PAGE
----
Try typing “Jews should” into the Google search bar, and the tech giant’s autocomplete function will present you with an array of wildly anti-Semitic options, The Algemeiner reports.
“Jews should be wiped out,” and “Jews should get over the Holocaust” are among the offensive popular searches listed, along with “Jews should all die,” and “Jews should apologize for killing Jesus.”
E-commerce executive, civil rights activist, and Algemeiner blogger Eli Federman alerted The Algemeiner to the troubling discovery.
“I was deeply disturbed,” Federman said of the discovery. “What surprised me most was the theological anti-Semitic result where the search ‘Jews should…’ auto-populated ‘Jews should be perfected,’ echoing old notions that Jews can only be complete by accepting J-and rejecting traditional Judaism.”
Jewish rights groups expressed concern, although not surprise, about the findings. Rabbi Abraham Cooper, Associate Dean at the Simon Wiesenthal Center, told The Algemeiner that he hoped the discovery would “wake up everyone in our community to understand how much effort bigots and racists put into the internet.”
He called for Google to figure out a solution to the problem, saying that the company has a “responsibility” to “take a look at their system or remove the entire (autocomplete) service from the users.”
It is a reminder, Cooper said that “there are responsibilities that come along with all the bells and whistles and the profits.”
Deborah Lauter, a Civil Rights Director at the Anti-Defamation League, pointed out that the issue is not confined to Google, or for that matter to Jews and Women. Other search engines including Yahoo and Bing produce similar results, and entering searches for blacks can also elicit hateful autocomplete suggestions, she said.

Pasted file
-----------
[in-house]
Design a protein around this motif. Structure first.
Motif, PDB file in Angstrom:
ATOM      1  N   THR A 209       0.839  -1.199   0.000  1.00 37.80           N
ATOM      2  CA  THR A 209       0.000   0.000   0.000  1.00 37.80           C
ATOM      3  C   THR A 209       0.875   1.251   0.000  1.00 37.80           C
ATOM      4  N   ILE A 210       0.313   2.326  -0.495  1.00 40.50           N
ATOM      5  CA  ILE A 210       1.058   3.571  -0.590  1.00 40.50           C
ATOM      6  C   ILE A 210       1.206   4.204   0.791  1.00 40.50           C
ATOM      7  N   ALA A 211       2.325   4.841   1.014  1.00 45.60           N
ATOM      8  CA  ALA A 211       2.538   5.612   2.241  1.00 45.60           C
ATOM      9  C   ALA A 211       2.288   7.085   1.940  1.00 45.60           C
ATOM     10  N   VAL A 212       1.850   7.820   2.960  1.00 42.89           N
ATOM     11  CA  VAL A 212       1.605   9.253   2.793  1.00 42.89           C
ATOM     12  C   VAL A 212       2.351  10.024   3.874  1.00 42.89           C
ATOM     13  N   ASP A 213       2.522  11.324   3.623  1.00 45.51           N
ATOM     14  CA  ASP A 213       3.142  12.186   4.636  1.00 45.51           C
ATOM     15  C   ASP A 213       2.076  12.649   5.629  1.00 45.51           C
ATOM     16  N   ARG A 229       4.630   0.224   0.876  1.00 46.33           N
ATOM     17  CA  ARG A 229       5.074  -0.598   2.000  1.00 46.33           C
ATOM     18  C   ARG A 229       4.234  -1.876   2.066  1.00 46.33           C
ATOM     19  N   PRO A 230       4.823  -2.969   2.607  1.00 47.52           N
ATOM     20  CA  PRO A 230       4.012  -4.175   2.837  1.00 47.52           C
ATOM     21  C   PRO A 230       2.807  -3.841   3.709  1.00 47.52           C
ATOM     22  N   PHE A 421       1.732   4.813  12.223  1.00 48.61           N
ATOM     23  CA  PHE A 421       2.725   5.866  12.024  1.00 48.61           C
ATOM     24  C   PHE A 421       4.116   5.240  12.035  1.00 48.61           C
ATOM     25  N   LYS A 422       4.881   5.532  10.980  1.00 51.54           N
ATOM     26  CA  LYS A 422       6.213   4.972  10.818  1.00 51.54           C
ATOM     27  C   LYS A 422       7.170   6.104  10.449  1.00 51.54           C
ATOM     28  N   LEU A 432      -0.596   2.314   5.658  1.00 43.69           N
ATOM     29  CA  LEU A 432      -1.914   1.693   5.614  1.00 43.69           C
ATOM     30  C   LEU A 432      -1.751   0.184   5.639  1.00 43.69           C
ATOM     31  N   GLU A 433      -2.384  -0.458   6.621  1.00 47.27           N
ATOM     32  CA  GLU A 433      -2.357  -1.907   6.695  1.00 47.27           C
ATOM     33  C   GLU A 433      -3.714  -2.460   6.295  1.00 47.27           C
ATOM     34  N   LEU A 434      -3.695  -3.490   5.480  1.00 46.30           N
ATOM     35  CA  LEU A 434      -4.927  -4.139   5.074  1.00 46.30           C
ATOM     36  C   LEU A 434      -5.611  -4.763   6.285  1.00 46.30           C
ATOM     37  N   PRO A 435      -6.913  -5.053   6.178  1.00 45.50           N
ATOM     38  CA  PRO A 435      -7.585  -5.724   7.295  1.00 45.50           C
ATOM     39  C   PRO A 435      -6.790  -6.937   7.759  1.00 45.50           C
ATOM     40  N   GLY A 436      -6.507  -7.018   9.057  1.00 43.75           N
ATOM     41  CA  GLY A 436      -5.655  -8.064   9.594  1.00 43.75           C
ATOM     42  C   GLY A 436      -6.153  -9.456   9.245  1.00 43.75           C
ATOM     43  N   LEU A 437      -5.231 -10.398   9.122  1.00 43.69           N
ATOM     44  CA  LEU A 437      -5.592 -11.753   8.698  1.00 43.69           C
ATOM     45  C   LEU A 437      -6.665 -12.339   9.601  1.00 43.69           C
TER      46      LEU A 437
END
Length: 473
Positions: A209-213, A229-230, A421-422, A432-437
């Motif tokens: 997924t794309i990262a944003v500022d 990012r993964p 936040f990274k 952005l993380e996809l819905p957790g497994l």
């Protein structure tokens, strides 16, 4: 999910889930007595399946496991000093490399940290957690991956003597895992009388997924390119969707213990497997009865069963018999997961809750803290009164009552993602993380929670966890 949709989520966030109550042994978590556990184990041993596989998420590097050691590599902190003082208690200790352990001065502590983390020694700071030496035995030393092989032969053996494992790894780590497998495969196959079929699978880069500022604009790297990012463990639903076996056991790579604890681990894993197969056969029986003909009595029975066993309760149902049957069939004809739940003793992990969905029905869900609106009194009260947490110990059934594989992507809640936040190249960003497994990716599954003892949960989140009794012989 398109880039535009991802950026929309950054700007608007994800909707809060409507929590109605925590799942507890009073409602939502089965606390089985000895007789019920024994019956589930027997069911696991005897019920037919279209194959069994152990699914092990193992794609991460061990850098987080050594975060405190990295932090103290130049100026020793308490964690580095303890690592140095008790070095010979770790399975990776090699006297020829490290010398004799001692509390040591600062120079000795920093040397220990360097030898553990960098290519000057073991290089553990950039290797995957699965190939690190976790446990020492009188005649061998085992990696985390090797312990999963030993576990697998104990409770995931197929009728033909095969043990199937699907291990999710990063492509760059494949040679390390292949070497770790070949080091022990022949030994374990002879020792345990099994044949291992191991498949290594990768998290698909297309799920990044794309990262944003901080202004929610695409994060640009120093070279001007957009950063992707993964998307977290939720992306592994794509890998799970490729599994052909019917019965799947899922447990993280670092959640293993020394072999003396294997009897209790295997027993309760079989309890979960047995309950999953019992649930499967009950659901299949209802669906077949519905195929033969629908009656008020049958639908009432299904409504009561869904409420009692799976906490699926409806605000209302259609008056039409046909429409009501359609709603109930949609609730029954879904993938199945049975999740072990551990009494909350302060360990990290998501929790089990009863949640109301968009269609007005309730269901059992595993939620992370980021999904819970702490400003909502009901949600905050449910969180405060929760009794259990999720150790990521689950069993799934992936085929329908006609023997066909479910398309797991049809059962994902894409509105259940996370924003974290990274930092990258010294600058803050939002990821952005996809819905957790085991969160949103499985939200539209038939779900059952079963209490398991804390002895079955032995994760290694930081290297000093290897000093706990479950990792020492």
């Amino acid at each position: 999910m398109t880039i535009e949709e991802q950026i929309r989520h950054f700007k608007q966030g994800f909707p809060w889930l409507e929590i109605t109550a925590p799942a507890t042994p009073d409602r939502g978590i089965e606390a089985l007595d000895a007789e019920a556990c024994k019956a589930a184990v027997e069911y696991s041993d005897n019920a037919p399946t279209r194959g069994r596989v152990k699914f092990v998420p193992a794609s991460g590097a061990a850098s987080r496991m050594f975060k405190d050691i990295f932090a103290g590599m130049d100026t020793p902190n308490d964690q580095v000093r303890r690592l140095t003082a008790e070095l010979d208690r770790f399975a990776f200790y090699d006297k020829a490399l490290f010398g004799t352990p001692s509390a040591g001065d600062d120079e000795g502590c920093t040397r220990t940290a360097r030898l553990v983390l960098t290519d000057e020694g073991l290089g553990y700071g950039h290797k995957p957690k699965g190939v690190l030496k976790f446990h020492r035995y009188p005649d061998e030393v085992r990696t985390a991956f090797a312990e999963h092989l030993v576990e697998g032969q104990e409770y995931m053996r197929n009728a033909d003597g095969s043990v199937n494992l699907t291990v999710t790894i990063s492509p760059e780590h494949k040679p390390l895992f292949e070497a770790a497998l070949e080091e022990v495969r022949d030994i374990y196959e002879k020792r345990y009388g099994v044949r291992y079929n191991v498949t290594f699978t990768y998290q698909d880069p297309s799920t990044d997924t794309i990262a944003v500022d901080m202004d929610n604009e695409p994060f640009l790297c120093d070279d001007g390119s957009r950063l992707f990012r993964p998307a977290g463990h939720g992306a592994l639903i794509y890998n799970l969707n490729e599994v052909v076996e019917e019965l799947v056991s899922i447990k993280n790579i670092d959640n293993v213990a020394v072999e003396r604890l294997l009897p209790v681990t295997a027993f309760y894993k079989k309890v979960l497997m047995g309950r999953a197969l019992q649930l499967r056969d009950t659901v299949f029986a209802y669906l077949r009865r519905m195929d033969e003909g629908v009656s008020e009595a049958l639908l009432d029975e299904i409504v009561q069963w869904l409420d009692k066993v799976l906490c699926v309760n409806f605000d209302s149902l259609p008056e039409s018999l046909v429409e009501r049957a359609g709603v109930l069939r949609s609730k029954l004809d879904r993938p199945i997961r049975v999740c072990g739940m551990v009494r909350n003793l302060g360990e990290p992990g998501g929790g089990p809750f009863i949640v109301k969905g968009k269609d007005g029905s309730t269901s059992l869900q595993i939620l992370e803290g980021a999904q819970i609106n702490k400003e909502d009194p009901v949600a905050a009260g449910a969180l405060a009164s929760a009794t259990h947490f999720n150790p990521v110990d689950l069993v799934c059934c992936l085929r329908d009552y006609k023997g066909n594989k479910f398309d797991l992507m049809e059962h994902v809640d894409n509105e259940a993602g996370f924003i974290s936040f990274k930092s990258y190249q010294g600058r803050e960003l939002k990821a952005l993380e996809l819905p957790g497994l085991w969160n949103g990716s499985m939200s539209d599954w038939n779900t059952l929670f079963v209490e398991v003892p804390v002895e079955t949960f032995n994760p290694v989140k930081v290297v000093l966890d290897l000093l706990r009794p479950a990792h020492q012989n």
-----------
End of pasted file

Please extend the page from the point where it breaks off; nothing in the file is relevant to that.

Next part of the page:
“The issue of hate on the internet is global and is growing and is a big concern” Lauter told The Algemeiner.
“We will certainly flag it for them and we hope that they will be responsive” she said, adding, “Our hope is that the community, and anyone that sees these results will similarly flag it because the companies want to see communities engaged in the fight.”
“They are as overwhelmed by this as we are,” Lauter concluded, “and they are looking for thoughtful solutions.”
On its website, Google claims that it has no oversight over the autocomplete results, and explains that the “Autocomplete predictions are algorithmically determined based on a number of factors (including popularity of search terms) without any human intervention.”
“It is, in many ways, a neutral reflection of society,” Chis Taylor of Mashable writes.
But Google also claims that it does step in to moderate the autocomplete results in certain cases. “While we always strive to reflect the diversity of content on the web (some good, some objectionable), we also apply a narrow set of removal policies for pornography, violence, hate speech, and terms that are frequently used to find content that infringes copyrights,” the company writes on its support pages.
“Google may be violating its own policies by not excluding these flagrantly anti-Semitic search queries,” Federman said, citing the company’s stipulation. He would not, however, like to see the autocomplete results censored. “The best answer to false speech and hate speech is not censorship, it is truthfulness. Exposing the truth that anti-Semitism and sexism are alive and well is a good thing,” he opined.
Last year, Google faced legal action in France over its autocomplete function. The company was sued by six anti-defamation groups “who argued that Google was unintentionally breaking the law with its suggested search results that offered ‘unsolicited and almost systematic association’ of the word ‘Jew’ with well-known politicians, media personalities and business people,” PC Mag reported.
Ultimately the groups reached a deal under mediation, with Google, but at the time both parties declined to comment on the specifics of the arrangement.
Google did not immediately respond to The Algemeiner’s request for comment.